Normally, the HR department accepts tax-saving proof till the first week of February and that is when the investment activity gathers steam.
- DNA Web Team
- Jan 20, 2019, 01:04 PM IST
It is that time of the year again. Many of you might have received emails from your HR department regarding tax savings investment proof. Most individuals, start scouting for investment opportunities to save tax in the last quarter of the financial year.
This is when pressure from their Human Resources department to submit proofs starts building up. Normally, the HR department accepts tax-saving proof till the first week of February and that is when the investment activity gathers steam. That brings us to the more fundamental question: Should tax planning be a year-end activity or should it be a round-the-year activity?
Ideally, tax planning should be a round-the-year exercise. There are five distinct advantages in phasing your tax planning through the year.
1. Synchronising inflows and outflows
As an employee or a businessman, your incomes are periodical and regular. Typically your salary gets credited each month, or in business your inflows are in the first week of each month. By adopting a more regular approach, you can, for example, do Systematic Investment Plans (SIPs) in Equity Linked Savings Schemes (ELSS). You get the benefit of rupee cost averaging and you also plan your taxes simultaneously. You can avoid unnecessary financial stress at the end of the year.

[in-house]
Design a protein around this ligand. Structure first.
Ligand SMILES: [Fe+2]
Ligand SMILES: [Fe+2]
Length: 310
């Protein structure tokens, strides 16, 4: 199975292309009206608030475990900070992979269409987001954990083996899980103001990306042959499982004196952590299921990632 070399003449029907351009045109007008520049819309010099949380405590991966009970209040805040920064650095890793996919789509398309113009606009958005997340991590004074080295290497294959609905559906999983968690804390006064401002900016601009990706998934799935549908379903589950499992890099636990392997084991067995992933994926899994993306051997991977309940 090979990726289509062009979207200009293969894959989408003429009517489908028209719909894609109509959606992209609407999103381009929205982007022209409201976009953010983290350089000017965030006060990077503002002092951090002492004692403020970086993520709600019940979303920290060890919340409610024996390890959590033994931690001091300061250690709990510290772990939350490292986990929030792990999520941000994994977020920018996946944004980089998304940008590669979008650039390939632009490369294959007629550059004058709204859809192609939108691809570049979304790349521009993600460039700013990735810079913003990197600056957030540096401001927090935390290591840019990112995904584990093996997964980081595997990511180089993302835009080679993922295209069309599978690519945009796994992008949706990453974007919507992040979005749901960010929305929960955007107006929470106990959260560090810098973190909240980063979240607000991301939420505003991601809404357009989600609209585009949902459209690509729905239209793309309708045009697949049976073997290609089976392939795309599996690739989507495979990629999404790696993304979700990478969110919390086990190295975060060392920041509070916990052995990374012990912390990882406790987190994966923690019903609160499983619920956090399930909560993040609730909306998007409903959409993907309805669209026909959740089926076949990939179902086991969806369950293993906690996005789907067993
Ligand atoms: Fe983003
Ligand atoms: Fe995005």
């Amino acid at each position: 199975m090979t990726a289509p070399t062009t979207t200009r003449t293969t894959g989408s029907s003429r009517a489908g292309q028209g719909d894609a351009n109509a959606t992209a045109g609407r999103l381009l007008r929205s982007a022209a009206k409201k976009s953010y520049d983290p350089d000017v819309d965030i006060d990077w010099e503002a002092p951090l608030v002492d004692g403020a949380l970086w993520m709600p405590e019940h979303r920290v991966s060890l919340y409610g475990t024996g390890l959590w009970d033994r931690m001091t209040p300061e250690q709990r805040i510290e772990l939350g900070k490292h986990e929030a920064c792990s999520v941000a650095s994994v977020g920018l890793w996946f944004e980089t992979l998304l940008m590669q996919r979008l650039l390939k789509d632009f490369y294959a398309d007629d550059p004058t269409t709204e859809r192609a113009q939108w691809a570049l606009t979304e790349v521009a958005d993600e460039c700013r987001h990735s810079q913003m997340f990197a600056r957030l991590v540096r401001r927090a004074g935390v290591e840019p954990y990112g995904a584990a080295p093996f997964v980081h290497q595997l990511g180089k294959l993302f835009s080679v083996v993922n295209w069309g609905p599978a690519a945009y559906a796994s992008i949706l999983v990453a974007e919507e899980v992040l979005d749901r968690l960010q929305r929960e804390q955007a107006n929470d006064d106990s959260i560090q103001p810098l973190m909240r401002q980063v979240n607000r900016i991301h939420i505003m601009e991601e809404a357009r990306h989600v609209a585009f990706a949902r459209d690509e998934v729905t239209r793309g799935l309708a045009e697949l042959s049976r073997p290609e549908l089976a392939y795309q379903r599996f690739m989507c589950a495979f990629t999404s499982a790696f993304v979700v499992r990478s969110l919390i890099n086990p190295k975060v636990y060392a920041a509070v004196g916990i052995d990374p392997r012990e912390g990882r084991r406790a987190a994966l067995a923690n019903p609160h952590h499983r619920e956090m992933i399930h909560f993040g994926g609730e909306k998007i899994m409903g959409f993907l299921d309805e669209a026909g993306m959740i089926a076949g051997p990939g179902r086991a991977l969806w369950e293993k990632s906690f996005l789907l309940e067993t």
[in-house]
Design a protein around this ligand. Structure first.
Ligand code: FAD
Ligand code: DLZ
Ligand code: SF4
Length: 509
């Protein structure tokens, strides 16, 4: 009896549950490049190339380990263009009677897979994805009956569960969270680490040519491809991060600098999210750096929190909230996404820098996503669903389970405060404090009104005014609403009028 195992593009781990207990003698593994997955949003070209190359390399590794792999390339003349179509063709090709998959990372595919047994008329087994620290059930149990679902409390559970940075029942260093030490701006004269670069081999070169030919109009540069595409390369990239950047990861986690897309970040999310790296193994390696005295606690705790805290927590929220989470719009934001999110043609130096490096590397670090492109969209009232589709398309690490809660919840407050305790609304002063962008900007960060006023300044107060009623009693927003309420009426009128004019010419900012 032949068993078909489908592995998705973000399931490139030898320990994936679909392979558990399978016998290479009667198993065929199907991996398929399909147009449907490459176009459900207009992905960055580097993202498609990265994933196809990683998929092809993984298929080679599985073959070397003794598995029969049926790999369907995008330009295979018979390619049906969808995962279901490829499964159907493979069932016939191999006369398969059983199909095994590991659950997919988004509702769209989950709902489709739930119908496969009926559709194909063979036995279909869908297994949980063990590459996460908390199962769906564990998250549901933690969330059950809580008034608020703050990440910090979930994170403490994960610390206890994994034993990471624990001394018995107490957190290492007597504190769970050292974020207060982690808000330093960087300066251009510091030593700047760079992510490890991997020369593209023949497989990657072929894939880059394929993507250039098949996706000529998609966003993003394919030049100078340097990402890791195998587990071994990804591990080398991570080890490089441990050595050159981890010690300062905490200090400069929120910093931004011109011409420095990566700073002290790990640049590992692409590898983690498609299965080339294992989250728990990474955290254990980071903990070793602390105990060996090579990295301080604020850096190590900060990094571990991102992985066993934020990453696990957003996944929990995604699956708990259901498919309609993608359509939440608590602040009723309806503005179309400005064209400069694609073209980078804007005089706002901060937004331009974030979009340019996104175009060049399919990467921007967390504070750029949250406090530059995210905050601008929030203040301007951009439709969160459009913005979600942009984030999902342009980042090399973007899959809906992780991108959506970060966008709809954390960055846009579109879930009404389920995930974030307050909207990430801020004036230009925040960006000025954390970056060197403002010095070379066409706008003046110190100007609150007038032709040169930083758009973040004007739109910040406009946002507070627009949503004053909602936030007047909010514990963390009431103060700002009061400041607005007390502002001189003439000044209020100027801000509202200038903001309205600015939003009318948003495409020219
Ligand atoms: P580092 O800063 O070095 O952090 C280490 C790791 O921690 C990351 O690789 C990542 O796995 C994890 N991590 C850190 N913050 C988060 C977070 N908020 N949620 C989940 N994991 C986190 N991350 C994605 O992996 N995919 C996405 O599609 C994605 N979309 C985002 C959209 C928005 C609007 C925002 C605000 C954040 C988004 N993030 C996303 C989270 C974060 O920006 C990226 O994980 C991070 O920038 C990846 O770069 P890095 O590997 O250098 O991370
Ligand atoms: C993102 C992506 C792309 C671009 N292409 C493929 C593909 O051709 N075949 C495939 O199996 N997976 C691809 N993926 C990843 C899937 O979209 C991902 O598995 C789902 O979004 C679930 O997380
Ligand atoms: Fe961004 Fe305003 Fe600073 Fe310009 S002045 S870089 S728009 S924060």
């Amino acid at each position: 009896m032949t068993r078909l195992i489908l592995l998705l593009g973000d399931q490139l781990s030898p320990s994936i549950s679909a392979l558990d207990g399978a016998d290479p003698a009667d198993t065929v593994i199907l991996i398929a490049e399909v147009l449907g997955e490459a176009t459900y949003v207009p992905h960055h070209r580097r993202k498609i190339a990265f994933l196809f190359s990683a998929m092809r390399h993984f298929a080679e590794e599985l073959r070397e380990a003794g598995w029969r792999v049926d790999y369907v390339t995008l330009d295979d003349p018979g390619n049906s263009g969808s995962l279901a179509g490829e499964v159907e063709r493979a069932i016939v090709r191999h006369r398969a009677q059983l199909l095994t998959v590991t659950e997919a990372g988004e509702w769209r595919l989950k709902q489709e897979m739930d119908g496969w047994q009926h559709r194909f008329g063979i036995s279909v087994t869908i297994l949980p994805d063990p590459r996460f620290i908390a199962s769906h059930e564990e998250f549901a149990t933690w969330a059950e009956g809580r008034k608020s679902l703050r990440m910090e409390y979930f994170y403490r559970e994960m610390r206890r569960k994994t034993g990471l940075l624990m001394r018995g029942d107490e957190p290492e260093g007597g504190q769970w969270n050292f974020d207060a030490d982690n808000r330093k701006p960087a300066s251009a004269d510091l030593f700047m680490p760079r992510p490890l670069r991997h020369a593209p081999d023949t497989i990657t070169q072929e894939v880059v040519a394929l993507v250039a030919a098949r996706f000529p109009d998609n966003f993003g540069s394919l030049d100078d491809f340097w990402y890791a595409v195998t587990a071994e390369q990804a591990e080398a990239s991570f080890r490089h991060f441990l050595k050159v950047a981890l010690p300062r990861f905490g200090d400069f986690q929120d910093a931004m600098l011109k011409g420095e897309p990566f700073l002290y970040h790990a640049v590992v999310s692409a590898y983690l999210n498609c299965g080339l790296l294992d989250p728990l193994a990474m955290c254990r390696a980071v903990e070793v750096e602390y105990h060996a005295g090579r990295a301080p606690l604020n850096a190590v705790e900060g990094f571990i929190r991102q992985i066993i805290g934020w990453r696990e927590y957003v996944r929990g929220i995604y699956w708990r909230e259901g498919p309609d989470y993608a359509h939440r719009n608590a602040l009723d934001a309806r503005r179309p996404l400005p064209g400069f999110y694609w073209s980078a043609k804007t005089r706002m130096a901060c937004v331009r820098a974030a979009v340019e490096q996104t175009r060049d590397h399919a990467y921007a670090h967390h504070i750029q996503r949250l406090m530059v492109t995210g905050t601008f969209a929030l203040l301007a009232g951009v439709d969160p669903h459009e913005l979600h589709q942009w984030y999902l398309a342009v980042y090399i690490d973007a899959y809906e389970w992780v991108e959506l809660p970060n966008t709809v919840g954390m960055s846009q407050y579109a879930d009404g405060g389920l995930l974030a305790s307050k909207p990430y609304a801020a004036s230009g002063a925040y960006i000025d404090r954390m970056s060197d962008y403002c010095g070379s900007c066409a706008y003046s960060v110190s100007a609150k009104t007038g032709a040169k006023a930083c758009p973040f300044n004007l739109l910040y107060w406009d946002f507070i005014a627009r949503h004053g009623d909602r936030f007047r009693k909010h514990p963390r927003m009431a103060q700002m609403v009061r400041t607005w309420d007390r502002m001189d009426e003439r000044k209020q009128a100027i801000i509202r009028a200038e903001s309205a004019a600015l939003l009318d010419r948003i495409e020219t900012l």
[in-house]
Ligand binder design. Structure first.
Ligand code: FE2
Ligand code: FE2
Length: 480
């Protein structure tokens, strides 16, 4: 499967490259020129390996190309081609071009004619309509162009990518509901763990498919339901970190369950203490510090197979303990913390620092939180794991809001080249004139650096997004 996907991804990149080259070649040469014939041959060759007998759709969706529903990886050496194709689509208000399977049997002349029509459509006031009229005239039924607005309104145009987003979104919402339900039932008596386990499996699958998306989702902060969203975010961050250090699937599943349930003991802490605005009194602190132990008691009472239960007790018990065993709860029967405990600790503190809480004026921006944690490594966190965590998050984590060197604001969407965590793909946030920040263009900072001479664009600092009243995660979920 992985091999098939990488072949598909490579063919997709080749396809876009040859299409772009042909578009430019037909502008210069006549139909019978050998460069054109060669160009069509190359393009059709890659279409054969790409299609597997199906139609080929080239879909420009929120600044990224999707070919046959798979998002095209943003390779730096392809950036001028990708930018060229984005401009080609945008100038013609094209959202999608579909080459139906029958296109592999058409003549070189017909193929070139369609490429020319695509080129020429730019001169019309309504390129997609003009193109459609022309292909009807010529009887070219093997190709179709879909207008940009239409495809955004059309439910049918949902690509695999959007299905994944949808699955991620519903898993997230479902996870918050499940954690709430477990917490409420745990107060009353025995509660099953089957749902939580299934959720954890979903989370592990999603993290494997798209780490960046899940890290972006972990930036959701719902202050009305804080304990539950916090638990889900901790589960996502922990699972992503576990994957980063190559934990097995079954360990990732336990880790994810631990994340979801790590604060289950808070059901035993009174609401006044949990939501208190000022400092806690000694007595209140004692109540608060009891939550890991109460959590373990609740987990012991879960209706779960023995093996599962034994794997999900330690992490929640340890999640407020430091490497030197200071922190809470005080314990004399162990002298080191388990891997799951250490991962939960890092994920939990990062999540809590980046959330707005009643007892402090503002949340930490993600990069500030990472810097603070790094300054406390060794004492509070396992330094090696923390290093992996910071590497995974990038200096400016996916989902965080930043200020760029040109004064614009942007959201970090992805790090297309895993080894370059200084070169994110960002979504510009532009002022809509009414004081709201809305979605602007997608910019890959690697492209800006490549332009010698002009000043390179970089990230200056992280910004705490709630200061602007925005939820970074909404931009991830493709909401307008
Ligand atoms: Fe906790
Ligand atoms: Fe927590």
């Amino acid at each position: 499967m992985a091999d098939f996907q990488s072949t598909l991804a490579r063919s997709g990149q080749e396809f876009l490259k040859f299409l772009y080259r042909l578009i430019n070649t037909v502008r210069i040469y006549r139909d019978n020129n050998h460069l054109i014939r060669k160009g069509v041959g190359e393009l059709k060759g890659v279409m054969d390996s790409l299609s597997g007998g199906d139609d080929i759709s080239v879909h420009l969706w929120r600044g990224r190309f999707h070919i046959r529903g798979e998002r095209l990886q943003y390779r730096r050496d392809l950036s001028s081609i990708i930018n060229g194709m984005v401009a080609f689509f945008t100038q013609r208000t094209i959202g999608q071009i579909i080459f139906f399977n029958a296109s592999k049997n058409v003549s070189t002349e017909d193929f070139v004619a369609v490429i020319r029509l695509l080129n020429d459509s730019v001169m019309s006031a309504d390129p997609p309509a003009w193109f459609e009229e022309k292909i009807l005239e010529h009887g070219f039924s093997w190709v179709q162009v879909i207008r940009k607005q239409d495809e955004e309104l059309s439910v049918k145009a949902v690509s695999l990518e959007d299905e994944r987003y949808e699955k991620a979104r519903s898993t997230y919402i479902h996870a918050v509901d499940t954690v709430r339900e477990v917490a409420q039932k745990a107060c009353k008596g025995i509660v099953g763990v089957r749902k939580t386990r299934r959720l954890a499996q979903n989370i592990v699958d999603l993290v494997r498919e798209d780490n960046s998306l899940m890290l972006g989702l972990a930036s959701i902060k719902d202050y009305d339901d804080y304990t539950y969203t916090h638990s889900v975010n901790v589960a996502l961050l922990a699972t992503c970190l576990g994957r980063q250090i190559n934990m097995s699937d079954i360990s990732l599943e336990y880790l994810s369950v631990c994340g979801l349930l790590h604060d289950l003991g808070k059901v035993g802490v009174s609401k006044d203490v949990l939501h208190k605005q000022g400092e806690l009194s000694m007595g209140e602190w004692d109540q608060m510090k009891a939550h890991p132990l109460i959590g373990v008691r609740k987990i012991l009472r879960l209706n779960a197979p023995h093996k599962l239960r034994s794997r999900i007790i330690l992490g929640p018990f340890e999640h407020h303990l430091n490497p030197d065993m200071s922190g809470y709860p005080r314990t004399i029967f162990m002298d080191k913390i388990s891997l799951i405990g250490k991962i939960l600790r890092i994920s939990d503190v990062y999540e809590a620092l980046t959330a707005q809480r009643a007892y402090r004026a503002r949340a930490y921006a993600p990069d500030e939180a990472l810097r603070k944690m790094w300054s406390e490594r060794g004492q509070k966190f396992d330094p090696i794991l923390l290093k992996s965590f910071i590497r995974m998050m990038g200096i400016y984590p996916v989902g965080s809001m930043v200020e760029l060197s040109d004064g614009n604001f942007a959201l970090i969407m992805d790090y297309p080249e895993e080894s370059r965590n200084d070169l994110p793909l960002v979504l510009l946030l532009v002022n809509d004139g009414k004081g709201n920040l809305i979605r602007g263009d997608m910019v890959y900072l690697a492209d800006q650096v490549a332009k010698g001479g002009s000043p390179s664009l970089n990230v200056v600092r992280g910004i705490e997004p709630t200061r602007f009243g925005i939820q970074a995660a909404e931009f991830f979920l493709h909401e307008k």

2. Avoid delayed submission of investment proof
This is a normal risk for most taxpayers. Typically, the finance department of your company does not accept tax investment proofs after the first week of February. Any investment made after that will not be considered by your employer, for deciding the amount of TDS deducted. That means you end up paying excess tax during the year and waiting for tax refund after you file returns in July. Instead, if you start regular tax investments in the beginning of the year, you have enough proof to submit to your HR department by February.
3. Helps optimise tax flows
The advantage of year-end tax planning is that you have a plethora of products available, but last minute tax-saving investments also end up going into unsuitable avenues. If you plan in advance and do a monthly allocation towards such possibilities, you would be better off in post-tax terms and you can avoid last minute surprises.
4. A sub-set of your financial planning process
Planning taxes is one of the four pillars of your long-term plan, apart from return enhancement, risk minimisation and liquidity management. When you look at your tax planning in this manner, a regular and round-the-year approach looks a lot more sensible.